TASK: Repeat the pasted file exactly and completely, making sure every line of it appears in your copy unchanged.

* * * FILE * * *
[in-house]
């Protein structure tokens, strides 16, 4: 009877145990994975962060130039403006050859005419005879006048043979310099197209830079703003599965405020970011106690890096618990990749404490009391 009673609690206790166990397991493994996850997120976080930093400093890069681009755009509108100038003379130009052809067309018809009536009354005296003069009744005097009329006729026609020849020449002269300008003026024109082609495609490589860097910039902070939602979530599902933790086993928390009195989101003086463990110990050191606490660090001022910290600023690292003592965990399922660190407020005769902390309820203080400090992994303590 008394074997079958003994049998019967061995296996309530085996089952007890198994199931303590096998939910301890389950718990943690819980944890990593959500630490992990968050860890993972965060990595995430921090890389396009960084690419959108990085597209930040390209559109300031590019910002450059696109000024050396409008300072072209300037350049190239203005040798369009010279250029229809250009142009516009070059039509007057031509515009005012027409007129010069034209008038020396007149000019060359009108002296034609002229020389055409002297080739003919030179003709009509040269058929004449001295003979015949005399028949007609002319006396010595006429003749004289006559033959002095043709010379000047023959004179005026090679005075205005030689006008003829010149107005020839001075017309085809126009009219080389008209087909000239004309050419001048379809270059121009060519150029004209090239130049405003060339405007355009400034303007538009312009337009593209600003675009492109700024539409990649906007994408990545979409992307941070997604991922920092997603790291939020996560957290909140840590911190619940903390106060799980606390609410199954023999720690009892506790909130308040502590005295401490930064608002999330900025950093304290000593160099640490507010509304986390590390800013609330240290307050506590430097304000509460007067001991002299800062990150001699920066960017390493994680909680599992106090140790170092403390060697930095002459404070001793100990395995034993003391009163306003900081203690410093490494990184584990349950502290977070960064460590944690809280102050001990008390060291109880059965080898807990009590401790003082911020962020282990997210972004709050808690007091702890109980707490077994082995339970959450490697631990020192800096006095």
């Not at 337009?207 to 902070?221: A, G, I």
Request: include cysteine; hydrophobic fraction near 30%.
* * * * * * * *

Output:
[in-house]
């Protein structure tokens, strides 16, 4: 009877145990994975962060130039403006050859005419005879006048043979310099197209830079703003599965405020970011106690890096618990990749404490009391 009673609690206790166990397991493994996850997120976080930093400093890069681009755009509108100038003379130009052809067309018809009536009354005296003069009744005097009329006729026609020849020449002269300008003026024109082609495609490589860097910039902070939602979530599902933790086993928390009195989101003086463990110990050191606490660090001022910290600023690292003592965990399922660190407020005769902390309820203080400090992994303590 008394074997079958003994049998019967061995296996309530085996089952007890198994199931303590096998939910301890389950718990943690819980944890990593959500630490992990968050860890993972965060990595995430921090890389396009960084690419959108990085597209930040390209559109300031590019910002450059696109000024050396409008300072072209300037350049190239203005040798369009010279250029229809250009142009516009070059039509007057031509515009005012027409007129010069034209008038020396007149000019060359009108002296034609002229020389055409002297080739003919030179003709009509040269058929004449001295003979015949005399028949007609002319006396010595006429003749004289006559033959002095043709010379000047023959004179005026090679005075205005030689006008003829010149107005020839001075017309085809126009009219080389008209087909000239004309050419001048379809270059121009060519150029004209090239130049405003060339405007355009400034303007538009312009337009593209600003675009492109700024539409990649906007994408990545979409992307941070997604991922920092997603790291939020996560957290909140840590911190619940903390106060799980606390609410199954023999720690009892506790909130308040502590005295401490930064608002999330900025950093304290000593160099640490507010509304986390590390800013609330240290307050506590430097304000509460007067001991002299800062990150001699920066960017390493994680909680599992106090140790170092403390060697930095002459404070001793100990395995034993003391009163306003900081203690410093490494990184584990349950502290977070960064460590944690809280102050001990008390060291109880059965080898807990009590401790003082911020962020282990997210972004709050808690007091702890109980707490077994082995339970959450490697631990020192800096006095």
């Not at 337009?207 to 902070?221: A, G, I």
Request: include cysteine; hydrophobic fraction near 30%.